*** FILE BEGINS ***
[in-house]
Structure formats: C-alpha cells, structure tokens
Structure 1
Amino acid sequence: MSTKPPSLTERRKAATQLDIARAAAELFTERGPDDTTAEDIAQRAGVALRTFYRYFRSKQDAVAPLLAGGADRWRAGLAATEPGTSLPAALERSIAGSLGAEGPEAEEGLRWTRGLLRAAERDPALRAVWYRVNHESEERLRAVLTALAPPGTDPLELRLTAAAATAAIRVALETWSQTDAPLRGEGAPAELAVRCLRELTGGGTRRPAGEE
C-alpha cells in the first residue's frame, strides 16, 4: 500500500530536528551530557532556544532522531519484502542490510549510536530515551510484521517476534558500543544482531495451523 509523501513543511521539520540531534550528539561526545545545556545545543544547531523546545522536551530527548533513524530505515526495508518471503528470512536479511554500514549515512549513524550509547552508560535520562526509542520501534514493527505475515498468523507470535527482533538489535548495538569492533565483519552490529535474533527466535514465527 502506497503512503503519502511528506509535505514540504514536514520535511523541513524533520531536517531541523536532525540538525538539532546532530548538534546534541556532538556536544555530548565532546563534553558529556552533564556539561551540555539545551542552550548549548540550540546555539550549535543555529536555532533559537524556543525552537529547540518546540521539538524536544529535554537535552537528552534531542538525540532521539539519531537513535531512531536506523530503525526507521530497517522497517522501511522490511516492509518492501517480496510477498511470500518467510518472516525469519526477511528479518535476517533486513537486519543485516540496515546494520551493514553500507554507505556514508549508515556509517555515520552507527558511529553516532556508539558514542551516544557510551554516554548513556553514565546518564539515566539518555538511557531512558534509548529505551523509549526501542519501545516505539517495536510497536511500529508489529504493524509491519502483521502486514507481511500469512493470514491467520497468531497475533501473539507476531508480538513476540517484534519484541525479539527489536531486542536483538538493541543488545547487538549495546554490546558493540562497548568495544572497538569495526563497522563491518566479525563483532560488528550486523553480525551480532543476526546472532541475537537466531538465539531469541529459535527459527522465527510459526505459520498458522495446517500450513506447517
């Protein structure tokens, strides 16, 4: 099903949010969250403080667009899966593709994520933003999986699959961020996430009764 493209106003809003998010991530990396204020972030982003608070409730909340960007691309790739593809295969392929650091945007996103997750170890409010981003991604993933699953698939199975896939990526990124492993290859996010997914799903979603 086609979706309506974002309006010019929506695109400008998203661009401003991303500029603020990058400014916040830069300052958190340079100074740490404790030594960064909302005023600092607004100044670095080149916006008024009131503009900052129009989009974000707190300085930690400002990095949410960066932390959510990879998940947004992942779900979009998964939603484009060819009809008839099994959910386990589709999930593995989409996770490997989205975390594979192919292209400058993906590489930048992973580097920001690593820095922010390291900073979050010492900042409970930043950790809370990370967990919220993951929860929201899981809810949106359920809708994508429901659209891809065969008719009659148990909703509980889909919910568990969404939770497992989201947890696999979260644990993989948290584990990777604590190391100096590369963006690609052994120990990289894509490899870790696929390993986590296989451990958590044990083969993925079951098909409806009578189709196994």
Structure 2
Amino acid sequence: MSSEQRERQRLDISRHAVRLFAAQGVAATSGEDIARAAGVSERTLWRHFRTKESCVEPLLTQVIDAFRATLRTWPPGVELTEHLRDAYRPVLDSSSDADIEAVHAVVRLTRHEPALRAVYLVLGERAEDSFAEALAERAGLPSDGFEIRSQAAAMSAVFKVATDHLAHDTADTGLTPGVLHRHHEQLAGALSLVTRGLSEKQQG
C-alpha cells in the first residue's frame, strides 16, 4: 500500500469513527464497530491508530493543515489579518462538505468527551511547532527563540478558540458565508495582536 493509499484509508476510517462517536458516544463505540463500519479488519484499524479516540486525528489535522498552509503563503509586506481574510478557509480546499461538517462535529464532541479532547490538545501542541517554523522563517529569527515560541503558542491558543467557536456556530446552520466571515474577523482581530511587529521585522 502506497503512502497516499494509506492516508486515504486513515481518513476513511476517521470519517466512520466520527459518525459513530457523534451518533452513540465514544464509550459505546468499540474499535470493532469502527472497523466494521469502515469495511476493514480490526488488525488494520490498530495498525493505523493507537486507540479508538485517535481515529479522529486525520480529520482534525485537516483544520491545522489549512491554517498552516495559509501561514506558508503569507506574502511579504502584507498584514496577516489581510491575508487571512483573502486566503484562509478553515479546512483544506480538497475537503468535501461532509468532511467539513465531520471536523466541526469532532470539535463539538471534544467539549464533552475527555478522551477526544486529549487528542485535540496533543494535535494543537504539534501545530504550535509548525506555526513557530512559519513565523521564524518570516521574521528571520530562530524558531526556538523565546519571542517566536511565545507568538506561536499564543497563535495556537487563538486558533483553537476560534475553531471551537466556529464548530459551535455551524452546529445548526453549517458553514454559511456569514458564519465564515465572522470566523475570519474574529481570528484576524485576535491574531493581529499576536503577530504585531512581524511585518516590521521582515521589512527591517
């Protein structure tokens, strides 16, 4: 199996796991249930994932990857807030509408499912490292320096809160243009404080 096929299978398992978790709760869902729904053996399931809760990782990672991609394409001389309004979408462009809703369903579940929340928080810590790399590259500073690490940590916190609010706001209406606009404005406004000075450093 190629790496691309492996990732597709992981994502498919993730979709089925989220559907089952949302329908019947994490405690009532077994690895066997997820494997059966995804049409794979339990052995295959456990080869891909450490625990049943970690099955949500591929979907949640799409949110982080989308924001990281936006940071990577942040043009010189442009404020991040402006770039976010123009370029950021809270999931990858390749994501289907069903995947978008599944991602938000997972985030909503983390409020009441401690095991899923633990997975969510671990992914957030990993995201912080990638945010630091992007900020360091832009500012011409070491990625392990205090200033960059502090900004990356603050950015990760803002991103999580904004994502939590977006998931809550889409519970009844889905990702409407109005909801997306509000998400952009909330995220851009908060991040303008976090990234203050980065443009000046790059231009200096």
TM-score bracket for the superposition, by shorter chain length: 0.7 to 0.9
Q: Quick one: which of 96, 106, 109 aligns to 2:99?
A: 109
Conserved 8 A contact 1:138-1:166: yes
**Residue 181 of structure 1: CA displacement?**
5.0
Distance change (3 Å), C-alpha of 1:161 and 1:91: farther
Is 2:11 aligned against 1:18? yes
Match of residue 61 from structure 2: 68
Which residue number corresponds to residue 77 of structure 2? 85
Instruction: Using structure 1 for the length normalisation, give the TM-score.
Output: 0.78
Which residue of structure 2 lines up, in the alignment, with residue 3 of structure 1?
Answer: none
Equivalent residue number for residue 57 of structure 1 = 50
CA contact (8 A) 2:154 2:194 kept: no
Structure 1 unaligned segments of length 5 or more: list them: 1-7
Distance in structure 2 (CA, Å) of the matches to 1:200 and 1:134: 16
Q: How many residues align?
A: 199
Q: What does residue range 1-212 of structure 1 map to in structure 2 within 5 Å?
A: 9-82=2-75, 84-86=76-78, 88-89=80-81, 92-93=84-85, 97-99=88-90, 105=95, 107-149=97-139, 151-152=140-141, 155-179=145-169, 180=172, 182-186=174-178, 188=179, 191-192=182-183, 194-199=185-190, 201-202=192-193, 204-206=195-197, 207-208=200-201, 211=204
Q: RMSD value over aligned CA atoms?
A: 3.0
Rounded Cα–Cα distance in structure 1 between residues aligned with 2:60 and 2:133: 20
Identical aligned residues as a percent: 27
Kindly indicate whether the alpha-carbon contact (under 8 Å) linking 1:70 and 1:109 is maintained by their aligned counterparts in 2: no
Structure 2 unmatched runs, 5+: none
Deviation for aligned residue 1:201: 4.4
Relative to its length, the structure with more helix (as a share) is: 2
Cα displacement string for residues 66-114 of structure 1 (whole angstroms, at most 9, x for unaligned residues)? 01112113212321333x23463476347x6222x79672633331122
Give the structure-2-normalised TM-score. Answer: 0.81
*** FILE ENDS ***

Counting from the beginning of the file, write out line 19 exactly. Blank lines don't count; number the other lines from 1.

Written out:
Match of residue 61 from structure 2: 68